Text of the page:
ENG 321 Selected Studies in World Literature
Explores representative works of literatures other than British and American. Specific writers, works, and/or genres vary. Prerequisite: ENG 140 or equivalent.

ENG 329 Selected Studies in American Literature
Explores one or more specific topics in the American literary tradition. Writers, works, periods, and/or genres vary. Prerequisite: ENG 140 or equivalent.

ENG 344 TV as Storytelling: Contemporary Visual Narratives
In the past two decades, television has transformed from a medium devoted to episodic, forgettable programing to critically-acclaimed visual narratives that engage viewers in a variety of ways.  This course will examine a selection of these narratives—including The Wire, Stranger Things, Atlanta, Westworld, and The OA—and study the craft of television production.  We will also consider how shifting viewing behaviors influence the way we discuss television and interact with its characters. Prequisite: ENG 140 or equivalent.

ENG 361 Writing for the Professions
Writing has never been a more important professional skill; however, many students will graduate without ever receiving extensive education in the opportunities and challenges of professional writing. This course will prepare students for a number of professional environments by focusing upon the rhetorical nature of writing. Because digital media is now a critical component of nearly all professions, students will learn several genres as well as basic design skills for effective communication.  At the end of the course, students will have the opportunity to partner with a local Orlando start-up to practice their newly-acquired skills in writing, presentation, and design. Counts as a Business elective. Prerequisite: ENG 140 or equivalent.

ENG 367C Creative Writing Workshop: Fiction
Focuses on the writing of short fiction through writing workshops run by the student participants and supervised by the professor in a conventional creative writing format. Includes some reading and discussion of contemporary short story writers. Prerequisite: ENG 167.

ENG 367J Creative Writing Workshop: Playwriting

ENG 367P Topic: Food Writing
Food has become a major cultural force, starring in films, reality television, and bestselling books. In this class, we will read, write, and publish literature about the role food plays in our lives and in our communities. This course will combine creative and digital writing theory and practice with the aim of inspiring students to contribute to ongoing discourse about the ethics, pleasures, and techniques of how we make and appreciate our food. Course will involve at least two field trips during class time--a food walking tour and an interview/dinner with a local chef--to provide fodder for writing projects.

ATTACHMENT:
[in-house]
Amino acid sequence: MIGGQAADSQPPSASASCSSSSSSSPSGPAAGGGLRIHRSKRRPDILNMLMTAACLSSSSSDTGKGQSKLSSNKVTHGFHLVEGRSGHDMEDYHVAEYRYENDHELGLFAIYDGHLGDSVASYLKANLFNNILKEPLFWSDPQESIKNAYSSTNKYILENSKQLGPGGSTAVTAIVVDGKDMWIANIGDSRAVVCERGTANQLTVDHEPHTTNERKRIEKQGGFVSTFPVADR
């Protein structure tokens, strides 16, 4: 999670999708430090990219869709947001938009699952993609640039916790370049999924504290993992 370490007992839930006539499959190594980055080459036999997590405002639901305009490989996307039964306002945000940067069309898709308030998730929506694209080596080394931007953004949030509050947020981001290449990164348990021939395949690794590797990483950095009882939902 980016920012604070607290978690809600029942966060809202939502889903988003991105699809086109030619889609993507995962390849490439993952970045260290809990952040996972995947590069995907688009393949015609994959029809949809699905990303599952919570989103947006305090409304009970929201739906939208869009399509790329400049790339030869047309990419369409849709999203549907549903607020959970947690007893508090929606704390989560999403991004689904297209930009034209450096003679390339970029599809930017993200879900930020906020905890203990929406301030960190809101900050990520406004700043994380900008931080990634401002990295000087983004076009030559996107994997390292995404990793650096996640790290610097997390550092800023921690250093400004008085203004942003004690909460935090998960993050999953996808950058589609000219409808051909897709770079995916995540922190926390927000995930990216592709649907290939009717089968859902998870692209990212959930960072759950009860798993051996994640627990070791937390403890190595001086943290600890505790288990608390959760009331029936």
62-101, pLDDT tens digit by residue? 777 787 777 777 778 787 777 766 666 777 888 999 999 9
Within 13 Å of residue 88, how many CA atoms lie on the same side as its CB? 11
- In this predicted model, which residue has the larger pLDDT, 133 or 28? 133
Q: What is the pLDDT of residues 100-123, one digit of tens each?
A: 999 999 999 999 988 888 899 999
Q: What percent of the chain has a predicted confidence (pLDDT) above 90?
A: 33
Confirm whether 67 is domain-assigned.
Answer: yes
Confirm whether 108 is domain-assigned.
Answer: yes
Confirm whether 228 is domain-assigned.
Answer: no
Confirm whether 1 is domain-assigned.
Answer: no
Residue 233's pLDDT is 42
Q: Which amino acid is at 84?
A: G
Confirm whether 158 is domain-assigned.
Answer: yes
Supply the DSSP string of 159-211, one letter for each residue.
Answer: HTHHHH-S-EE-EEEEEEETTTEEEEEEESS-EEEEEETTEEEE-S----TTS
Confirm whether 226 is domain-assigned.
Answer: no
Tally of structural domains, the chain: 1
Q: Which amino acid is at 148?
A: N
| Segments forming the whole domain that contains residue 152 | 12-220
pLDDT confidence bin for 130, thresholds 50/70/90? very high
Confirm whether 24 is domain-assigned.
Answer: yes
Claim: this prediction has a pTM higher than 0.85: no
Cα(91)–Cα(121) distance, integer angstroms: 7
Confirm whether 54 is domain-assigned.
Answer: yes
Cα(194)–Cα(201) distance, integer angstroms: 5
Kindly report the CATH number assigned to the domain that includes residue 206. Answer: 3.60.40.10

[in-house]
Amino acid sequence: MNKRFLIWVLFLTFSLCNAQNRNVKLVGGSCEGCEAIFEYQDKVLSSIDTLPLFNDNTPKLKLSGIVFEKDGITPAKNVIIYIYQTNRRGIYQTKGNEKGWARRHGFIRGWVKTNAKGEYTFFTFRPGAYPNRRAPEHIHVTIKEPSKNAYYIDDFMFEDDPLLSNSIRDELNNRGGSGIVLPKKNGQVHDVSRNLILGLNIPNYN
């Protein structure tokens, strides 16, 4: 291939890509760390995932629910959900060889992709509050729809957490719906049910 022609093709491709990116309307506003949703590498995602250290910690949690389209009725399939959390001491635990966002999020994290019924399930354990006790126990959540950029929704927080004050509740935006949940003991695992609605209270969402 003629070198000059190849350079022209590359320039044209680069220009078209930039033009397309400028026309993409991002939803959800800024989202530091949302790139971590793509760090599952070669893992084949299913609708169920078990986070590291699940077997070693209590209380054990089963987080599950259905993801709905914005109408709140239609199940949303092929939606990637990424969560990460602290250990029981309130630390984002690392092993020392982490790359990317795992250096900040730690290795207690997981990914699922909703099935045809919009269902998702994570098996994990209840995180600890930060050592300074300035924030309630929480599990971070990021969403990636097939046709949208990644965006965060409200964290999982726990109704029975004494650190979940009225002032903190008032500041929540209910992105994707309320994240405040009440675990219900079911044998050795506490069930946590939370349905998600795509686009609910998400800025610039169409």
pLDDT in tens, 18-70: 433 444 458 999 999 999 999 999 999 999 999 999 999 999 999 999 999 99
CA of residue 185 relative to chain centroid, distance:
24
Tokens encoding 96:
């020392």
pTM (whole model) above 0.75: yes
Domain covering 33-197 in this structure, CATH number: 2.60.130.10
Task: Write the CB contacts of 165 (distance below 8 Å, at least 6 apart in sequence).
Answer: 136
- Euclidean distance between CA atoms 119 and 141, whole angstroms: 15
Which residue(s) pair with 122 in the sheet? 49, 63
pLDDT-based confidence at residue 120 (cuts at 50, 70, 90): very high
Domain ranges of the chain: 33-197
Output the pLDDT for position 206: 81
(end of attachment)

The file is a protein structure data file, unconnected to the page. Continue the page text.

ENG 374 Editing Essentials
A close study of syntax, i.e., how the various components of a sentence combine to create meaning and effect. Focuses on editing for correctness (grammar, usage, punctuation, mechanics) and on editing for precision (unity, order, coherence, emphasis, diction). Prerequisite: English Majors/Minors and Writing Minors. ENG 140 or equivalent.

ENG 380 Language Studies
Investigates the dynamics of language from historical, sociological, and rhetorical perspectives. Students will learn the best tools for understanding language and for editing their own work and that of others. Prerequisite: ENG Major/Minor or Writing Minor. ENG 140 or equivalent.

ENG 467 Advanced Creative Writing Workshop
Requires strong, established creative writing skills and experience in writing workshops. Encourages submission of selected pieces to appropriate publications. This course may be taken three (3) times for credit. Prerequisite: ENG 367 or ENG 360; or consent.

ENG 490 Advanced Major Author(s) Study: Zora Neale Hurston
In 1925, Zora Neale Hurston’s play, Color Struck, won a prize, launching Hurston as a distinctive and vibrant character of the Harlem Renaissance. This course is an intensive study of Hurston’s writings from her short stories and novels to her anthropological writings, her essays, and her memoir. We will read her works in context, to get a better sense of how her works relates to and departs from the movements of her time, including the Harlem Renaissance and modernism. Themes will include her contributions to American literature and anthropology, her position as a Southern Black woman writer in the early twentieth century, her experimentation with dialect and narrative voice, and her depictions of race, class, and gender. Prerequisite: ENG 140 or equivalent. JR Status.